Never at sea

27 November 2009 by Sam

roleplayer in Wrens uniform

Copyright Lee Doherty

Emma Walmsley from the Maritime Museum’s Education team has just introduced a new character to her repertoire of historical figures. Here she describes how she researched and prepared the performance in order to make it as true to life as possible:


“November saw the first performances of ‘Never at sea’ at the Maritime Museum – a new piece set in Liverpool during World War Two focusing on the city’s involvement in the Battle of the Atlantic. 

I play a fictional Wren, May Hatton, based in the secret underground HQ at Derby House which was responsible for co-ordinating the convoys bringing our supplies into the port and for training escort commanders in tactics for contending with the U-Boat threat. Read more…

Thanks to Stephen Shakeshaft for the memories

20 November 2009 by Sam

photo of children on bikes watching men leading carthorses down street

Copyright Stephen Shakeshaft

The photographs in the exhibition Liverpool People by Stephen Shakeshaft have struck a real chord with visitors and brought back a lot of memories, as the comments made during reminiscence sessions in the exhibition have proved. Some of these comments have been included with the photos on the exhibition website now, and there are more below.

If you would like to take part in a reminiscence session there are a few more planned, with the next one taking place tomorrow afternoon. Full details are in the exhibition events programme on the website. Read more…

New lives

9 November 2009 by stepheng

Black and white photo of an old lady in a public park

Sarah Jane Parsons in Bridlington, 1950. Image courtesy Liverpool Daily Post and Echo.

Homesickness is like seasickness – you only feel better once you’ve stopped travelling. I have suffered from both and hope I never experience them again.

Longing for home gnaws away at the soul and is almost impossible to eradicate. I found that it was just as much the loss of my cultural roots as the absence of family and friends.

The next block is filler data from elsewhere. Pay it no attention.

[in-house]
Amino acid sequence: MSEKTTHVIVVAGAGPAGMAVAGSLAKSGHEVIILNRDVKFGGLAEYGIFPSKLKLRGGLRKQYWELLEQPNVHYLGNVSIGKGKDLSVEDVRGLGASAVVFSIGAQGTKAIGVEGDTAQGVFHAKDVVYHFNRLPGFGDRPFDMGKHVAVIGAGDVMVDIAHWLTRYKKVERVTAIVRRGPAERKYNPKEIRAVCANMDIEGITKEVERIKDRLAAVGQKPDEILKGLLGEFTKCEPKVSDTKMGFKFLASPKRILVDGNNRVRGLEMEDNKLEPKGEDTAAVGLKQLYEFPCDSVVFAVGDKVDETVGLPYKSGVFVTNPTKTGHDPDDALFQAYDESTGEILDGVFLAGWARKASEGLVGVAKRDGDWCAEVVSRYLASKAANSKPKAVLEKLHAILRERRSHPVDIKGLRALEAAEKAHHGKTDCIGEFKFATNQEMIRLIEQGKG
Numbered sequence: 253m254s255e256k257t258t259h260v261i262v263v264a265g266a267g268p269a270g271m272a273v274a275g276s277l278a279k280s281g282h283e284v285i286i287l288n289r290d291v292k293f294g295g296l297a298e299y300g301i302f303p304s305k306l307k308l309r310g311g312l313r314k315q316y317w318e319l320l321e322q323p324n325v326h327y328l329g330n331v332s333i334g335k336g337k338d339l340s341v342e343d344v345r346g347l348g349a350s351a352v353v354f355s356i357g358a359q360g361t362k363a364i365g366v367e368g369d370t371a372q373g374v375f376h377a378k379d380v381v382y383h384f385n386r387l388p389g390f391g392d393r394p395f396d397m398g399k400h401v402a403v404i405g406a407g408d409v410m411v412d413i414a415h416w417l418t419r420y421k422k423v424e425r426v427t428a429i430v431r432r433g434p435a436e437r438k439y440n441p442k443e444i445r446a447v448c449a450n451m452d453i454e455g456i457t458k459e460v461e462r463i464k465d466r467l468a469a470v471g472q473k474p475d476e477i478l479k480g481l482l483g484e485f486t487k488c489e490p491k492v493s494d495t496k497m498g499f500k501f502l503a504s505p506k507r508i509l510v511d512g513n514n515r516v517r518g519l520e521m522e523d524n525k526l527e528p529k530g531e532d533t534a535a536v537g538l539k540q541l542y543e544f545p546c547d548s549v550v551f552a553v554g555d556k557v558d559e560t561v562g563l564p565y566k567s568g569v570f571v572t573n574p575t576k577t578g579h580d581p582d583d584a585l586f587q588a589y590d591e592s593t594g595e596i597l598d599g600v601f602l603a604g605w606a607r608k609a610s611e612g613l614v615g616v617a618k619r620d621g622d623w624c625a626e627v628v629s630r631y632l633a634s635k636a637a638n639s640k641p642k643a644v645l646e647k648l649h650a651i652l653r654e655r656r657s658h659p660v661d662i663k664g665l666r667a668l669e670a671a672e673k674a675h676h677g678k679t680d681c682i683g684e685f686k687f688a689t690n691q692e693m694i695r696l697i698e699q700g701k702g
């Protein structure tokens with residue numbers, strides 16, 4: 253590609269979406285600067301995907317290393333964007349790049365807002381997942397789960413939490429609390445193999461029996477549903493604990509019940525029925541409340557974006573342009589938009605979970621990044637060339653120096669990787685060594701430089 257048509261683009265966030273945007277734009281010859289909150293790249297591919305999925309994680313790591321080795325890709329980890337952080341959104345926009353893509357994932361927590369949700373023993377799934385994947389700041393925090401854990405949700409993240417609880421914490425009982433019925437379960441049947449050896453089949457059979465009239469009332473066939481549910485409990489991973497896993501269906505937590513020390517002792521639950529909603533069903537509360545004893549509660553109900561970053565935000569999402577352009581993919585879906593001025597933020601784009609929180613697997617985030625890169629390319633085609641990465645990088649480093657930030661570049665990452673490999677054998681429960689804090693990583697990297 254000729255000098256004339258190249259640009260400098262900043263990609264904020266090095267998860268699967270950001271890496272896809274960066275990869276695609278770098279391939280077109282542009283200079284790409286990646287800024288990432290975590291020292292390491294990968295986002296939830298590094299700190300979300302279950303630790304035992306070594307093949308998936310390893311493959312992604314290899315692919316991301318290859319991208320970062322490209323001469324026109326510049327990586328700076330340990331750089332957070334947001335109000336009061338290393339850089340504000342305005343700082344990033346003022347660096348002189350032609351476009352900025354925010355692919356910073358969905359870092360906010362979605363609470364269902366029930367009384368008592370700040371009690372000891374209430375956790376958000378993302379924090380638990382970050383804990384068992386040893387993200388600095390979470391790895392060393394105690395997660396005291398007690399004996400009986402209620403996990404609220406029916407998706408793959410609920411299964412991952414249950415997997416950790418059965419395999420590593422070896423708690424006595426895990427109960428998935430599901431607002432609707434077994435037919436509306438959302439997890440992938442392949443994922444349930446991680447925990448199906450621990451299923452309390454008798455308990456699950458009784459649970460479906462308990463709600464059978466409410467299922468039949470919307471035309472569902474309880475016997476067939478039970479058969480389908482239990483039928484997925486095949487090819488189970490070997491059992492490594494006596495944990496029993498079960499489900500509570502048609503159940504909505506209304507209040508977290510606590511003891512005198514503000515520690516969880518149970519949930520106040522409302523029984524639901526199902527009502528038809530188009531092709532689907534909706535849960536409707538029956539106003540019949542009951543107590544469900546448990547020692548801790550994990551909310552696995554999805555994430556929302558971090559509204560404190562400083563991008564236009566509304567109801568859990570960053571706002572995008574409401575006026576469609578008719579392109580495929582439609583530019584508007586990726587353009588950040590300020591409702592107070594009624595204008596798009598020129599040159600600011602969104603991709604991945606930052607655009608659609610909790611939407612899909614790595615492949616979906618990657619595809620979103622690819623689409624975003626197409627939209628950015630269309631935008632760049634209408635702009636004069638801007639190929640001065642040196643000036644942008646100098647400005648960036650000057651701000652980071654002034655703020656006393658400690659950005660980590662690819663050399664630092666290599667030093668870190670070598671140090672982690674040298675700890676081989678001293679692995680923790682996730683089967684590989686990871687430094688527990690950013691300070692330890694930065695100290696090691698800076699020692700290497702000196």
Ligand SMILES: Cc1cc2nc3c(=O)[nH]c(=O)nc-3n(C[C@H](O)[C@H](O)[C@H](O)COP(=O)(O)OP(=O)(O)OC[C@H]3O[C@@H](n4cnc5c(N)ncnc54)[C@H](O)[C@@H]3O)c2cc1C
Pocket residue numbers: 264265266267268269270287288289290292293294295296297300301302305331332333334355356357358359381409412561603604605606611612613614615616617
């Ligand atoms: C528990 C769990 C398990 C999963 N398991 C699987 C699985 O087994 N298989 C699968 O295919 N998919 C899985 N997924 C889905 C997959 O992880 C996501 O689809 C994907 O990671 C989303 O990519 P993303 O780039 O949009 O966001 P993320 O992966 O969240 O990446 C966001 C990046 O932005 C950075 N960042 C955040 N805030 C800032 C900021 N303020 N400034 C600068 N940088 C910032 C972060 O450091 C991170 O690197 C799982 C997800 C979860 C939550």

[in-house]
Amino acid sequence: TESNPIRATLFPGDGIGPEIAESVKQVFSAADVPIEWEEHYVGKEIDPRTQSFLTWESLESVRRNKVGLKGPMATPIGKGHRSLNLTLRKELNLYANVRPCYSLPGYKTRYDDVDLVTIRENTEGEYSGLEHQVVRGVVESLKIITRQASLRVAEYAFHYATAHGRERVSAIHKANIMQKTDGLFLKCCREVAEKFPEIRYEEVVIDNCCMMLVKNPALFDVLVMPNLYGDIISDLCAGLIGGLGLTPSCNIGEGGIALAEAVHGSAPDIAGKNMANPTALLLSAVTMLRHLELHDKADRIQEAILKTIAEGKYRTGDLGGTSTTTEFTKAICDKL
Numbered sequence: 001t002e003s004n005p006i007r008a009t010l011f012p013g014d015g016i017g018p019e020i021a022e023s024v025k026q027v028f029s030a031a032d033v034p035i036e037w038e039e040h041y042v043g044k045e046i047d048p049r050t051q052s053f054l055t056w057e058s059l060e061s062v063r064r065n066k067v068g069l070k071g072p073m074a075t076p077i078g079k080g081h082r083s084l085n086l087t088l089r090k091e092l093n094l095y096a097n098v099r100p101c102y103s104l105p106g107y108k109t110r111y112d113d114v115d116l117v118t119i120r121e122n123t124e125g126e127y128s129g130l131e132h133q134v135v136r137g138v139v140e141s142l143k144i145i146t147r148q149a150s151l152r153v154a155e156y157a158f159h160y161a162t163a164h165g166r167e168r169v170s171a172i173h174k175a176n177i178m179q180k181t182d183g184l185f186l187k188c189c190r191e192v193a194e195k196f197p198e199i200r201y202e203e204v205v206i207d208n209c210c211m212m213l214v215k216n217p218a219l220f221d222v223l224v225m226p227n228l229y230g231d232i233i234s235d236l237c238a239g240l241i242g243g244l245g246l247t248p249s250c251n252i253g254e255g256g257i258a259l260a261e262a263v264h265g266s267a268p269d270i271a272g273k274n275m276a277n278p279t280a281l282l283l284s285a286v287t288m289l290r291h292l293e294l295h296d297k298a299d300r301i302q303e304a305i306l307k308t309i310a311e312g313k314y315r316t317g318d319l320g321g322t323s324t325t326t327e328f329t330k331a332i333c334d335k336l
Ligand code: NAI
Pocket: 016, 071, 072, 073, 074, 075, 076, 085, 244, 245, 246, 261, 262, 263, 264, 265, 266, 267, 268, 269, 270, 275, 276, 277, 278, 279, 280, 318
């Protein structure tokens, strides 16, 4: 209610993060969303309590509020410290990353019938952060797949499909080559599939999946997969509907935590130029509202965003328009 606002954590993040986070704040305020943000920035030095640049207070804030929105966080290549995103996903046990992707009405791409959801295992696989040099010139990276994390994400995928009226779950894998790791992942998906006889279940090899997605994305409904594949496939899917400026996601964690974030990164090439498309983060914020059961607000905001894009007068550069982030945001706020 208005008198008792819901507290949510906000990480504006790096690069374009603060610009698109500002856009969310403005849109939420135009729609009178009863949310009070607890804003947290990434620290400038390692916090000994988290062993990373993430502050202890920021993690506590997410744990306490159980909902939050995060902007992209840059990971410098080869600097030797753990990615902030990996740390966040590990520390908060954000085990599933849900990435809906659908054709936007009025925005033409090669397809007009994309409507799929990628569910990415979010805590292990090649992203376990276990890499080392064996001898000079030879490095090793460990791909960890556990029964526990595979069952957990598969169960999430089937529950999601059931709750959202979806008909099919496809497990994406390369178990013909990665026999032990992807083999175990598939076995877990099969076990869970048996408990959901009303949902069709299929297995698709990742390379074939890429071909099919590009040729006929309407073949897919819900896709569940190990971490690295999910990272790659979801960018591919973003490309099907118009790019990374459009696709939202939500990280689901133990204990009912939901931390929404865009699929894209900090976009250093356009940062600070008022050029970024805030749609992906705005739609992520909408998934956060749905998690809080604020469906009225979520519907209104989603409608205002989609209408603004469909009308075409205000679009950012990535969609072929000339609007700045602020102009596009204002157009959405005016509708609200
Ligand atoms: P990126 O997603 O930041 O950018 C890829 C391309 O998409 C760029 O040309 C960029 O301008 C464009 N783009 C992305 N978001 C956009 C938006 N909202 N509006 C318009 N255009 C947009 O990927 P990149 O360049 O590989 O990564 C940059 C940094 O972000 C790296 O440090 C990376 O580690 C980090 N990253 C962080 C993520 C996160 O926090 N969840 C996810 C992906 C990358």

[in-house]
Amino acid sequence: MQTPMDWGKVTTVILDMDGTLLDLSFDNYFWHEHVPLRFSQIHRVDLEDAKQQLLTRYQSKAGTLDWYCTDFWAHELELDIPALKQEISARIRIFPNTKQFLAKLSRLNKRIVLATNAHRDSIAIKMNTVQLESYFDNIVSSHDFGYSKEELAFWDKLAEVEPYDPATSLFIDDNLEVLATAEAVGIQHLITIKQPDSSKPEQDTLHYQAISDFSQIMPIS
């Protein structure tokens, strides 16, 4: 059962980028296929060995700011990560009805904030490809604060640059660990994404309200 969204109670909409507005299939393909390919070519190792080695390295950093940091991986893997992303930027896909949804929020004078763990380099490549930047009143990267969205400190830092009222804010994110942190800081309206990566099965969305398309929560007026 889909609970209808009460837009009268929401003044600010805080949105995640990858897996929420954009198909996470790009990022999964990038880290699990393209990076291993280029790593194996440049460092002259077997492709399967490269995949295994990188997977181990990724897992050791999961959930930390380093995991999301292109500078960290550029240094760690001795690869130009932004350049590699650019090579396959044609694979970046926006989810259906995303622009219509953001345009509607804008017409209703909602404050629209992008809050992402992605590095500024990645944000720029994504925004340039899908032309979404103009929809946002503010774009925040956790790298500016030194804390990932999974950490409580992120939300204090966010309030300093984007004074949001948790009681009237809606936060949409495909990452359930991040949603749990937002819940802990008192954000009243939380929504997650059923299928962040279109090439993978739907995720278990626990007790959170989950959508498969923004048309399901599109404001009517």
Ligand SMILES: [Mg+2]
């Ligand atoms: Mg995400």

The logistics of moving huge numbers of emigrants through Liverpool involved everything from supplying cabins to the plates they ate off – it was very big business indeed. Read more…

Passenger port

19 October 2009 by stepheng

Frawing of people being waved off ona  ship

An Illustrated London News image showing a Cunard ship leaving Liverpool in 1881

My great aunt married as a very young teenager in Malta (this was 100 years ago).

The child bride later settled in Knotty Ash after giving birth to three children in quick succession nicknamed Boy, Girl and Baby.

Girl became a GI bride in the Second World War and emigrated to the US with her new husband, leaving Boy and Baby behind. Years passed and Girl wrote to say she was coming home to Liverpool for a visit. Read more…

Victoria Cross for new museum

13 October 2009 by Lucy

On Friday 9 October 2009, we were visited by soldiers of the 1st Battalion of the Duke of Lancaster’s Regiment, to support the handover of a rare and historical item to add to the new Museum of Liverpool’s collection.

The object is a Victoria Cross (VC), and although it has been looked after by National Museums Liverpool for some time on loan, it has now been donated to our permanent collections to go on display in the new museum when it opens in 2011. Read more…

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We try to ensure that the information provided on our blog is accurate and that appropriate permissions to use images have been sought. The opinions in each blog are very much those of the individuals writing.